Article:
Food macro trends cross generations

by Laurie Gorton
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It’s no secret: the millennials now drive the food marketplace. The size of this cohort, now aged 18 to 33 and also called Gen Y, is bigger than the baby boomers.

“And they’re doing things differently,” said Sheryl Stennett, vice-president of marketing for Cargill, Wayzata, Minn. Their purchase motivations are different, and they care more about the opinions of their peers than any earlier generation.

“But we’ve also learned that baby boomers are adopting many of the mindsets of the millennials,” Ms. Stennett said. “If just look at general data, you miss a lot.”

Ms. Stennett spoke at the 2014 Spring Technical Conference organized by the Milling & Baking Division of the American Association of Cereal Chemists International, held April 9-11 at Tampa, Fla.

Food industry marketers — especially those in the baking category — will need to understand what motivates each generation in why they buy. Health claims, Ms. Stennett said, are important to older consumers, but younger generations will pay more to represent their values in their purchases.

“At Cargill, we look at the macro trends,” she continued, naming them as: well-being; simplify my life; experience it; social responsibility; and empowerment. Of these, she identified “experience it” as a particularly important driver in food purchases. “Simplify” is about convenience and making food choices easy. “Well-being” encompasses not just health and wellness but has a social component to it. “Social responsibility” favors foods appealing to consumers with positive stories. “Empowerment” brings in the foodies and also drives the food choices parents make for their children but cuts across all generations.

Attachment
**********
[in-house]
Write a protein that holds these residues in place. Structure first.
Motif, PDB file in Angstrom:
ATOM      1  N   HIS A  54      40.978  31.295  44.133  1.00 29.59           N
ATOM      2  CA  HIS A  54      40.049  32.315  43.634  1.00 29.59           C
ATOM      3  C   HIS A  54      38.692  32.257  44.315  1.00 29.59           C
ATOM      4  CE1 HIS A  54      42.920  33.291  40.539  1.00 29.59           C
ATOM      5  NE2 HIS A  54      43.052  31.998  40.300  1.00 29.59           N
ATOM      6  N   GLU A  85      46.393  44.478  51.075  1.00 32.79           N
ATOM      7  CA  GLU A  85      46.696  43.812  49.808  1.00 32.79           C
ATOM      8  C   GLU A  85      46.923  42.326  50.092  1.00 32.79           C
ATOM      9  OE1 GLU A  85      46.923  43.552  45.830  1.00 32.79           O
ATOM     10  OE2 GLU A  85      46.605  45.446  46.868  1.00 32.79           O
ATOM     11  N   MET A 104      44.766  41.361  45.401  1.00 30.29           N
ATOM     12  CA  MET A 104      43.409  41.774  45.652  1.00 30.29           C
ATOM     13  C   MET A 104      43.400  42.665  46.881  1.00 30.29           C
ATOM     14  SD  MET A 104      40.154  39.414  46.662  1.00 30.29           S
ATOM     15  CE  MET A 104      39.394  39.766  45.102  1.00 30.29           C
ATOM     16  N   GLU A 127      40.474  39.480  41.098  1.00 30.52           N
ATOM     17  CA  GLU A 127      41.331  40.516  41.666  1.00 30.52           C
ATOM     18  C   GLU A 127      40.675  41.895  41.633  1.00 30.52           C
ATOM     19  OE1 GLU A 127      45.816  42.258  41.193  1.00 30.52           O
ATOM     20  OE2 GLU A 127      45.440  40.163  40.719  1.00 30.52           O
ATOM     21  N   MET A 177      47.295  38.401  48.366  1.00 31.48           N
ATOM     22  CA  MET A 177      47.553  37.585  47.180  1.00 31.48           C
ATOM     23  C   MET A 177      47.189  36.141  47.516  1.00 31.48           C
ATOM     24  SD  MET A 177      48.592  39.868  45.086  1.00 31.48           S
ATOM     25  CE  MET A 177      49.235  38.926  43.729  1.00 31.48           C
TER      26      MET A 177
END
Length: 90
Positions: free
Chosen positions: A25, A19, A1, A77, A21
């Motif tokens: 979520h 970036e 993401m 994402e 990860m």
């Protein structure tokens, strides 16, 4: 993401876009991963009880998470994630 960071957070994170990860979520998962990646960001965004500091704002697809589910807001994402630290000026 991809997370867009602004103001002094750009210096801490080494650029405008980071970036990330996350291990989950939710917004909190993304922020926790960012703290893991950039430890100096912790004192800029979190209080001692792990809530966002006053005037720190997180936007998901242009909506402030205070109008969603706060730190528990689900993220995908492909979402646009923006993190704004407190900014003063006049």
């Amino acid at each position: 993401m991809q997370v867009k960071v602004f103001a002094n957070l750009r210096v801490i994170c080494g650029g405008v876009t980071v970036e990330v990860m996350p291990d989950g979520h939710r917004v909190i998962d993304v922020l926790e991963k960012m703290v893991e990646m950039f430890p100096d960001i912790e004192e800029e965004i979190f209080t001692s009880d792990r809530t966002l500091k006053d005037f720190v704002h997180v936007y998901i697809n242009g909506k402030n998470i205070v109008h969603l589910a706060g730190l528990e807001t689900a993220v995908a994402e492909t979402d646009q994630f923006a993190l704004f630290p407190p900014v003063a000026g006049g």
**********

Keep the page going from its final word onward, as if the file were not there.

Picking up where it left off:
Consumers have stronger opinions about their foods than ever before.

“People believe they know how to make right choices but are not willing to give up on taste,” Ms. Stennett said.

The trends hitting most strongly are those involved with well-being and experience-seeking behaviors, she observed.

“I think these are the big drivers for the protein trend,” she added. “In the U.S., we’re not at deficiency [on protein] but people are clamoring for protein. There’s the association of energy with protein.”

Turning to industry statistics, Ms. Stennett described the environment for grain-based foods as flat.

“But flat is the new up,” she said, quoting Nielson scan data that found fresh bread growing at 1.5%, cookies at 6% and tortillas at 5.7%.

“Grain-based foods are under attack,” she said of recent negative comments in books, blogs and media, but she praised the Grain Foods Foundation and the Wheat Foods Council for their positive messaging about the category.

“These sources offer good, science-based information,” she said. “There is opportunity to get the rest of the story to the consuming public.”
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